Economic research is a weird business.
For instance, my specific area of expertise is energy, metals and mining. But the process of becoming an expert on those subjects also requires a working knowledge of several others.
The reason is because producing each one of those commodities requires the consumption of others.
Producing crude oil, for instance, requires steel tubes and pipes to drill wells…
Producing steel requires iron ore and coal…
Producing iron ore and coal require diesel fuel to operate the shovels and giant haul trucks…
And producing diesel fuel requires…wait for it…crude oil.
If you’ve ever wondered why commodity markets are cyclical, there’s your answer. Literally all of them are interconnected with one another in some way, shape, or form.
Also, each of those commodities transport their product in similar ways. Both crude oil and refined products are moved in pipelines, and pumped into storage tanks on trucks, trains, and boats.
Similarly, coal and metals are moved on trucks, rail, barges, and boats, and stored in stockpiles or warehouses.
In addition, all those companies pay their workers in local currency, so foreign exchange rates can have a big impact on operating costs. And anything that has a big impact on the global cost curve ultimately has a big impact on prices.
So in order for me to be any good whatsoever at my job, I have to be able to connect power, oil, gas, refined products, chemicals, plastics, coal, iron ore, steel, base metals, and precious metals markets with any relevant changes in shipping, logistics, storage, industrials, currencies, or geopolitics.
Yeah, I get headaches occasionally.
But it also means I look for logical connections at the intersections of these subjects, and very occasionally, that labor bears some fruit.
In this case, I think it has given us an early Christmas present of sorts.
It’s not a jolly old “ho ho ho” Santa Claus-type present, though. It’s mean and nasty, and it’s probably going to get really ugly…but at the end of the day, I think it will turn out positive.
You know, kind of like the Grinch.
So here’s what I found. As you may be aware if you’ve been reading along with us these past few weeks, you’re aware that every organization in the world who can print money is doing so.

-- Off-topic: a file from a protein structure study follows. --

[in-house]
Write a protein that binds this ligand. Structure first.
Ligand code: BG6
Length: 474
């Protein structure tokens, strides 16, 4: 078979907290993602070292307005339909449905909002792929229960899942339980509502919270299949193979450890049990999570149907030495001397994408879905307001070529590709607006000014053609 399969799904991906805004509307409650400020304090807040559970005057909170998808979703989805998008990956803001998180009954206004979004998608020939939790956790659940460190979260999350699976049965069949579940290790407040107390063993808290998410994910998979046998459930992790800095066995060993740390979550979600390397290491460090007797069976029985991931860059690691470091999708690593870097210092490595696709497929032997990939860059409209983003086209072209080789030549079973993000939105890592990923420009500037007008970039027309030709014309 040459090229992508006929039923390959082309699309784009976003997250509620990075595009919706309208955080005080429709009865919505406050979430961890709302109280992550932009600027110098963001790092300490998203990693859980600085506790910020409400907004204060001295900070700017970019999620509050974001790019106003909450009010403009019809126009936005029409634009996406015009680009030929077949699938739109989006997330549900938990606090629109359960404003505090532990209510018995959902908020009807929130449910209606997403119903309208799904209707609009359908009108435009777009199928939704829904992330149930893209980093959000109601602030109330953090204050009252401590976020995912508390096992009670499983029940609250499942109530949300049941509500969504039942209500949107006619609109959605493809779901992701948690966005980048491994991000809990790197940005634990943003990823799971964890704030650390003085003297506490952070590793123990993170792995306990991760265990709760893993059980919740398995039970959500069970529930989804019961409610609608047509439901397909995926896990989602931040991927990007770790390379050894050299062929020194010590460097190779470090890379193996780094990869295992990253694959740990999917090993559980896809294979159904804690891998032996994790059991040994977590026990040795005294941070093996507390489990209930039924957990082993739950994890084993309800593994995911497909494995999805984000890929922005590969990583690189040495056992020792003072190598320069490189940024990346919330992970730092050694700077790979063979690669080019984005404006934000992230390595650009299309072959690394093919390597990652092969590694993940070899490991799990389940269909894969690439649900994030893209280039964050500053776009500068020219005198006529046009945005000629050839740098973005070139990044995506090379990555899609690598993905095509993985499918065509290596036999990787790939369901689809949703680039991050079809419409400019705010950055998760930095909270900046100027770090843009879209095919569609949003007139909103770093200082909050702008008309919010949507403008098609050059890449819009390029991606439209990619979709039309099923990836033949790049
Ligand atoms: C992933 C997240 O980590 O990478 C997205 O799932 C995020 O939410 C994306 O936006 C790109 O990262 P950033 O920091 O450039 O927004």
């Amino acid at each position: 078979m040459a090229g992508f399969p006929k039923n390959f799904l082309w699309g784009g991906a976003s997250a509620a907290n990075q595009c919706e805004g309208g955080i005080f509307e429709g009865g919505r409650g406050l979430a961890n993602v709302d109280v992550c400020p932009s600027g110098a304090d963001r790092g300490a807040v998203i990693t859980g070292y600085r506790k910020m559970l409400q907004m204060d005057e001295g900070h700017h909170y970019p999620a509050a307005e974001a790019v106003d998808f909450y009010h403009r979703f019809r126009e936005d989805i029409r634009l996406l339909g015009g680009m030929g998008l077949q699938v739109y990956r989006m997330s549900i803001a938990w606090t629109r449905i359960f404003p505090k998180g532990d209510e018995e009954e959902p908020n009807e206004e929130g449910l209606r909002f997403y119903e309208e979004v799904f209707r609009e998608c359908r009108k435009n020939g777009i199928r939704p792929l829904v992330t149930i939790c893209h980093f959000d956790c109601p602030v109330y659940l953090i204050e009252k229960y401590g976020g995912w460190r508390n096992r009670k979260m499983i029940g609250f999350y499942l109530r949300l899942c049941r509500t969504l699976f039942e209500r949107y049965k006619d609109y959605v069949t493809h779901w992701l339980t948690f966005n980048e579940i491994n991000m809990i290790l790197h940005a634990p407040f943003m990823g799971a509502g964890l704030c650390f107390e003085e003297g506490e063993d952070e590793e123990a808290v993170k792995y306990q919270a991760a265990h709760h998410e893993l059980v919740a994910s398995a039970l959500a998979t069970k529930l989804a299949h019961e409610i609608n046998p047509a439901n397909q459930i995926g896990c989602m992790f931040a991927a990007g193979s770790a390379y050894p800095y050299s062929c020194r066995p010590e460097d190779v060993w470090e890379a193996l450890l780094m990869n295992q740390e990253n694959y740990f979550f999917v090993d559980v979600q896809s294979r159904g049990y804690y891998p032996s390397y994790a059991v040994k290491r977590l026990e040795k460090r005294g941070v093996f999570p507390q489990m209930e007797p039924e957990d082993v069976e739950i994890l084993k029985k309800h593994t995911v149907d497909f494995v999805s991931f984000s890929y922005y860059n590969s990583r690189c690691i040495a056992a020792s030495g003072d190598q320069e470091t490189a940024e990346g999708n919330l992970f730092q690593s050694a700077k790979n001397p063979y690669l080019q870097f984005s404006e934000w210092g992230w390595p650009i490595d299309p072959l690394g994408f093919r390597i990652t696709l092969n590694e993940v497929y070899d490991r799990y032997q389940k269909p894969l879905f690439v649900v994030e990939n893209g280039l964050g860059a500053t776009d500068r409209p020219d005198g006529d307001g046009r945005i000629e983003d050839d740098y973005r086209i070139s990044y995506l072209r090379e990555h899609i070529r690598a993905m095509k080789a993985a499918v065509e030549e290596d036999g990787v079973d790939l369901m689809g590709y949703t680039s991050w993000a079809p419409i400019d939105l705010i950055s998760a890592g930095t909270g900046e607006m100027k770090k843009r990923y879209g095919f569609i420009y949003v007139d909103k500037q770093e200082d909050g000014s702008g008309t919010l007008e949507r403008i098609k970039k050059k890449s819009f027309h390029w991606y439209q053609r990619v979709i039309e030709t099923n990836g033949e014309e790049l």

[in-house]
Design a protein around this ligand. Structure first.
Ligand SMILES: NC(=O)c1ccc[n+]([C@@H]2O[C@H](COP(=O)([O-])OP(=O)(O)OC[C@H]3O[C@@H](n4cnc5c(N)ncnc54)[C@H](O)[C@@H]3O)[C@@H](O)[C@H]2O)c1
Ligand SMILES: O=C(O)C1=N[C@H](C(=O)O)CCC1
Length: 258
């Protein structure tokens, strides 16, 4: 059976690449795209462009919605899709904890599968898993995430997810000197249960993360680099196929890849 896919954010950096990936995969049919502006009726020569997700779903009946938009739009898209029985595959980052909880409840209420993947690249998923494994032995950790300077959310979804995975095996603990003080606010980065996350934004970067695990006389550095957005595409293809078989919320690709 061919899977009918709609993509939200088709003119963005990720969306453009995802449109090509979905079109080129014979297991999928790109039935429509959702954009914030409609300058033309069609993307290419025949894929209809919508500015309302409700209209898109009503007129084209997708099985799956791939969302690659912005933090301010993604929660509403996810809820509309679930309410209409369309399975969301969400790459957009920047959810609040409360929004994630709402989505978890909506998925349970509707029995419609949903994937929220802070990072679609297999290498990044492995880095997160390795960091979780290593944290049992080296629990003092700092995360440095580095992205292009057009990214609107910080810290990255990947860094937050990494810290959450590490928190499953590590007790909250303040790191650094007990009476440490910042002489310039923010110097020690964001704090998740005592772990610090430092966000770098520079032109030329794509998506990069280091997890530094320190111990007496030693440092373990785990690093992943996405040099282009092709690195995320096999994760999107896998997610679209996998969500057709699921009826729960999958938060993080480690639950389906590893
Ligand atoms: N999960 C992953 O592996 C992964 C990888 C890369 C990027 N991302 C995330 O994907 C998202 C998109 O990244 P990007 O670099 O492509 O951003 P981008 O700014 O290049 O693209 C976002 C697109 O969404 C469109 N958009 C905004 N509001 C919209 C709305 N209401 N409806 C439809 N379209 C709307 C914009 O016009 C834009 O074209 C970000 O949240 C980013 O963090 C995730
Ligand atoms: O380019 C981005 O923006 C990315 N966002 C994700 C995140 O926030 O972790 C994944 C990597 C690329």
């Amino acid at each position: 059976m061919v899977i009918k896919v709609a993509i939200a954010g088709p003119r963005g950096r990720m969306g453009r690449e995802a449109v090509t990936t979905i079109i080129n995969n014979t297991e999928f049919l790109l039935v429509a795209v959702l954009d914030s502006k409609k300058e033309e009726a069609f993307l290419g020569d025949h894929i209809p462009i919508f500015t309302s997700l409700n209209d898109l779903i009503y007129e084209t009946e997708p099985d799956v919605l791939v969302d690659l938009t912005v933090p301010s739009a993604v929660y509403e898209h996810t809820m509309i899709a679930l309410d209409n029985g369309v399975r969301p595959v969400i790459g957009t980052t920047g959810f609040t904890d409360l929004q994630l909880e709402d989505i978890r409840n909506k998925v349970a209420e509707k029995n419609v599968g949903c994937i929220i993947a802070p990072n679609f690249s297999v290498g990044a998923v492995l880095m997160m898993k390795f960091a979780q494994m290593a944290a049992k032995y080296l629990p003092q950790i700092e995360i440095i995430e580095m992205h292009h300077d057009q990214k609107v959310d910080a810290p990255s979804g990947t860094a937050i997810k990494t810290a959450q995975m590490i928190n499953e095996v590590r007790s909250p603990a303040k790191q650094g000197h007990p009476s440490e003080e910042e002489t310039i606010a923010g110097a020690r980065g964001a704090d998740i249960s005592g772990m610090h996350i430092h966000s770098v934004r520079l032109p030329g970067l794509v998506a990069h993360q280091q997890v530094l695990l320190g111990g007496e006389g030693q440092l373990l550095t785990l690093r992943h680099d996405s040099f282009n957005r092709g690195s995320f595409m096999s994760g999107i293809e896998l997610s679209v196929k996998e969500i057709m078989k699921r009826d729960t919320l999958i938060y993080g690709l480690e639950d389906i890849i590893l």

The net effect for that is that the US Dollar strengthens versus all global currencies – the two buckets of which we want to target are emerging markets – which we are doing through Direxion’s Daily MSCI Emerging Markets Bear 3X Shares ETF (NYSEArca: EDZ) – and the Euro.
And you’re certainly aware that I talked about negative oil prices in the US earlier this week.
So, all I did this time was to look at them together – in particular, I charted the Euro versus European crude oil prices – and what I saw was as plain as day.
Source: Bloomberg, ICE
The Euro (white line) is being led lower by Brent crude prices (blue line) on about a two-week lag.
We can pair that knowledge with the fact that about 50 million barrels of oil are currently in tankers on their way from the Kingdom of Saudi Arabia to the US Gulf Coast, as reported by TankerTrackers.
And given that US oil production is only slightly down from all-time highs…
Source: EIA, Bloomberg
It means that we’re going to get another serious decline in US oil prices fairly soon.
And if US oil prices go down, Brent crude will also fall.
And if Brent falls, then the Euro and other oil-related currencies are going to fall.
So it’s pretty clear what the plays should be… I’ll just go through them one at a time.
The easiest way to play a decline in oil prices right now is ProShares UltraShort Bloomberg Crude Oil (NYSEArca: SCO). We’ll go ahead and establish ¼ of any intended stake at market price right now, saving the rest for further instructions. The market is up today, so we’re getting a solid price here.
On the producer side, our $10.77 limit order for Direxion’s Daily S&P Oil & Gas Exp. & Prod. Bear 2X Shares (NYSEArca: DRIP) also filled at yesterday’s open. It’s trading about $1 lower today, so let’s go ahead and deploy the final 1/3 stake now.
To play the currencies, go ahead and pick up the next ¼ stake in Direxion’s Daily MSCI Emerging Markets Bear 3X Shares ETF (NYSEArca: EDZ) at market prices.
And also let’s play the downside of the Euro by picking up the first ¼ stake in ProShares UltraShort Euro ETF (NYSEArca: EUO).
To offset these, we need to sell some things that have crushed it.
And our stake in Velocityshares 3x Long Gold ETN (NASDAQ: UGLD) has moved up by about 10% in just two days, so go ahead and sell. We will absolutely recommend jumping back in at a later time.
That’s it for now, though. In the meantime, I feel pretty confident these moves will bring us a Green Christmas within the next month.
All the best,